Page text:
Good point, Mr. Speaker. “The House has done its work.  It’s time for the president and Senate Democrats to do their work.  They’ve known for 16 months that this date was coming.  That’s why the House acted twice last year, but yet Senate Democrats and the president have never passed anything.  It’s time for them to do their work.”

(J. Scott Applewhite/Associated Press) (J. Scott Applewhite/Associated Press)

Good golly. These people never learn. Secretary of State John Kerry is putting the “peace process” at the top of his list. “[O]ur new SecState does not appear to be operating from any new assessment of the situation received from State Department or other U.S. experts, nor from Israelis or Palestinians. He is entering the office certain of what can be achieved and certain he is the man to achieve it. This is not the best way to make policy. Second, he seems unaware of or any way undeterred by the risks and downsides. Raising hopes that are later dashed, opening negotiations that sadly go nowhere, holding ceremonial openings that never lead to tangible achievements — all of these undermine faith on both the Israeli and Palestinian sides that peace is achievable.”

Good time to reassess which is the smarter party. “She has spoken out against having kids, saying it is ‘unconscionable to breed’ while there are so many starving children in the world. She has criticized the tradition of fathers ‘giving away’ their daughters at weddings, calling that practice ‘a common vestige of male dominion over a woman’s reproductive status.’ She has even compared mountaintop removal mining to the Rwandan genocide, and has criticized Christianity as a religion that ‘legitimizes and seals male power.’ Yet actress Ashley Judd is seriously contemplating a Senate run in Kentucky, a conservative-leaning state where such liberal comments would be mocked and viewed as, well, bizarre.” Not just in Kentucky.

Good idea. “U.S. Senator Marco Rubio (R-Fla.) and Congressman Tom Price (R-Ga.) today introduced the Decrease Spending Now Act, which would require the Obama administration to cut $45 billion in unused taxpayer dollars sitting in federal coffers.  If enacted, this fiscally conservative legislation requires that the Director of the Office of Management and Budget (OMB) rescind funds from unobligated balances of discretionary appropriations and report to Congress and the Secretary of the Treasury on these efforts within 60 days. The legislation would not affect discretionary funds for the Defense Department, Veterans Affairs and Social Security Administration.”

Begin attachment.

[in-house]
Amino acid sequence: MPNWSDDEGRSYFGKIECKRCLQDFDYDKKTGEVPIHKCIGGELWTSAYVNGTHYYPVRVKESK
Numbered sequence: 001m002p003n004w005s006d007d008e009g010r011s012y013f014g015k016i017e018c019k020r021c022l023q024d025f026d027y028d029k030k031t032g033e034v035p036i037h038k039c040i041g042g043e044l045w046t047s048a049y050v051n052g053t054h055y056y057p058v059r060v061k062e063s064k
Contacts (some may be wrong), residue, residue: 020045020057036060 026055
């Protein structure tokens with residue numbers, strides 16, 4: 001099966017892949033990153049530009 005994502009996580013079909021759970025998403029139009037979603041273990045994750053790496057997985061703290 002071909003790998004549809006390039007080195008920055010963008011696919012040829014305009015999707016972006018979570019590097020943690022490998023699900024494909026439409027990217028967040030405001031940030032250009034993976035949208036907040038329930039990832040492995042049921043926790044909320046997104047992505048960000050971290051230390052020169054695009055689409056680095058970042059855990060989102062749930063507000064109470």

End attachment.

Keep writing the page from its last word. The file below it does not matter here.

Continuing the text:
Good suggestion. “President Obama should direct his associates to shut down the ‘independent’ organization they established to raise money and lobby on behalf of his domestic and foreign policies, Common Cause said today. ‘If President Obama is serious about his often-expressed desire to rein in big money in politics, he should shut down Organizing for Action and disavow any plan to schedule regular meetings with its major donors,’ said Bob Edgar, president of Common Cause. ‘Access to the President should never be for sale.'”

Good catch. Sen. Jeff Sessions (R-Ala.) alerts us that Obamacare, according to Government Accountability Office, Obamacare will add $6.2 trillion to the debt. More than a “dime” to the deficit.

Good alternatives to Mark Sanford in the South Carolina congressional special election abound. “Sanford has taken heat by his opponents in the crowded GOP primary field, which includes more than a dozen candidates. Seen as the leading contender in the race, he’s been criticized for his past and for being a ‘career politician.’ Sanford’s campaign hit a setback last week when two conservative U.S. congressmen from the state –- Reps. Mick Mulvaney and Jeff Duncan –- endorsed state Sen. Larry Grooms, rather than Sanford.”

Good questions from Sen. Pat Toomey (R-Pa.): “The federal government has doubled its spending in the last ten years and we’re talking about a 2.5 percent reduction in spending from that 100 percent growth and, by the way, that’s budget authority. The actual outlays for this year are about a 1.25 percent. That’s one quarter of one percent of GDP. This is not some sort of severe austerity plan.  . . . [C]ould you comment on whether it makes sense for us, in the event that the sequester goes forward, to grant to OMB and the Defense Department in their respective areas the flexibility to make these cuts in a more thoughtful fashion? Does that make sense to anybody?” Not to the White House.